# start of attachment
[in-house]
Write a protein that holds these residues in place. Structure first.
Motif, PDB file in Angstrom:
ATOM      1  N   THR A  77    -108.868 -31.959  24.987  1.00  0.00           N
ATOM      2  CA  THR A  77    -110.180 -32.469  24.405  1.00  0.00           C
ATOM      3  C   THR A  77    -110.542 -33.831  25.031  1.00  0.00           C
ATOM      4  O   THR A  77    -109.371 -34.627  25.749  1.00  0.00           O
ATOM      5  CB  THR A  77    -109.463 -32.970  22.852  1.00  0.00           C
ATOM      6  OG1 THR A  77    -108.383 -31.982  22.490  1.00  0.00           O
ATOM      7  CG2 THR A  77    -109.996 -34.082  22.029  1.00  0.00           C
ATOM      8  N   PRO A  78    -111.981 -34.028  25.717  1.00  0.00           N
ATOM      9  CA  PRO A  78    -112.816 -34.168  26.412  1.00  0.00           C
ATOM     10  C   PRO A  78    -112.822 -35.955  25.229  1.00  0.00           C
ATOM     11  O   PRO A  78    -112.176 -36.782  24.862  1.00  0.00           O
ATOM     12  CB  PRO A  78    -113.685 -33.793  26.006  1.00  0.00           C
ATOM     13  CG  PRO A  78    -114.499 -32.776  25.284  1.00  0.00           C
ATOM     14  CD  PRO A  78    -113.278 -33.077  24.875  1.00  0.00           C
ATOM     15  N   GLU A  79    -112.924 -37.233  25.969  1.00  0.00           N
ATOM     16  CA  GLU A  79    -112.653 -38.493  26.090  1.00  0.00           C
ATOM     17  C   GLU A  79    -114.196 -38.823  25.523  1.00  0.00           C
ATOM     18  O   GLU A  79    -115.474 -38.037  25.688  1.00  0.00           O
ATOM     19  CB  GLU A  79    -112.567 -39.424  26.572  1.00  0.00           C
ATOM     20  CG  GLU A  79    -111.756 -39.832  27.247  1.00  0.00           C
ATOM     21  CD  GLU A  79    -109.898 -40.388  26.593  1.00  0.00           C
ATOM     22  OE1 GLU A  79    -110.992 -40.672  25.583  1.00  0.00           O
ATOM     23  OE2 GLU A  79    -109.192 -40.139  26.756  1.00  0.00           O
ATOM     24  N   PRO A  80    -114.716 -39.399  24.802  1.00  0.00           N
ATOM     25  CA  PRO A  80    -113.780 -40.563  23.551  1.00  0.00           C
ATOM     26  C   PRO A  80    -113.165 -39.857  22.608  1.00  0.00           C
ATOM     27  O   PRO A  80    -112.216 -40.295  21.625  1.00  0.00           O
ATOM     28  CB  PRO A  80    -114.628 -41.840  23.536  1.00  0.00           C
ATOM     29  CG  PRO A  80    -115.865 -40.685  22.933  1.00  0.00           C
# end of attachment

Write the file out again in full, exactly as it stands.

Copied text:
[in-house]
Write a protein that holds these residues in place. Structure first.
Motif, PDB file in Angstrom:
ATOM      1  N   THR A  77    -108.868 -31.959  24.987  1.00  0.00           N
ATOM      2  CA  THR A  77    -110.180 -32.469  24.405  1.00  0.00           C
ATOM      3  C   THR A  77    -110.542 -33.831  25.031  1.00  0.00           C
ATOM      4  O   THR A  77    -109.371 -34.627  25.749  1.00  0.00           O
ATOM      5  CB  THR A  77    -109.463 -32.970  22.852  1.00  0.00           C
ATOM      6  OG1 THR A  77    -108.383 -31.982  22.490  1.00  0.00           O
ATOM      7  CG2 THR A  77    -109.996 -34.082  22.029  1.00  0.00           C
ATOM      8  N   PRO A  78    -111.981 -34.028  25.717  1.00  0.00           N
ATOM      9  CA  PRO A  78    -112.816 -34.168  26.412  1.00  0.00           C
ATOM     10  C   PRO A  78    -112.822 -35.955  25.229  1.00  0.00           C
ATOM     11  O   PRO A  78    -112.176 -36.782  24.862  1.00  0.00           O
ATOM     12  CB  PRO A  78    -113.685 -33.793  26.006  1.00  0.00           C
ATOM     13  CG  PRO A  78    -114.499 -32.776  25.284  1.00  0.00           C
ATOM     14  CD  PRO A  78    -113.278 -33.077  24.875  1.00  0.00           C
ATOM     15  N   GLU A  79    -112.924 -37.233  25.969  1.00  0.00           N
ATOM     16  CA  GLU A  79    -112.653 -38.493  26.090  1.00  0.00           C
ATOM     17  C   GLU A  79    -114.196 -38.823  25.523  1.00  0.00           C
ATOM     18  O   GLU A  79    -115.474 -38.037  25.688  1.00  0.00           O
ATOM     19  CB  GLU A  79    -112.567 -39.424  26.572  1.00  0.00           C
ATOM     20  CG  GLU A  79    -111.756 -39.832  27.247  1.00  0.00           C
ATOM     21  CD  GLU A  79    -109.898 -40.388  26.593  1.00  0.00           C
ATOM     22  OE1 GLU A  79    -110.992 -40.672  25.583  1.00  0.00           O
ATOM     23  OE2 GLU A  79    -109.192 -40.139  26.756  1.00  0.00           O
ATOM     24  N   PRO A  80    -114.716 -39.399  24.802  1.00  0.00           N
ATOM     25  CA  PRO A  80    -113.780 -40.563  23.551  1.00  0.00           C
ATOM     26  C   PRO A  80    -113.165 -39.857  22.608  1.00  0.00           C
ATOM     27  O   PRO A  80    -112.216 -40.295  21.625  1.00  0.00           O
ATOM     28  CB  PRO A  80    -114.628 -41.840  23.536  1.00  0.00           C
ATOM     29  CG  PRO A  80    -115.865 -40.685  22.933  1.00  0.00           C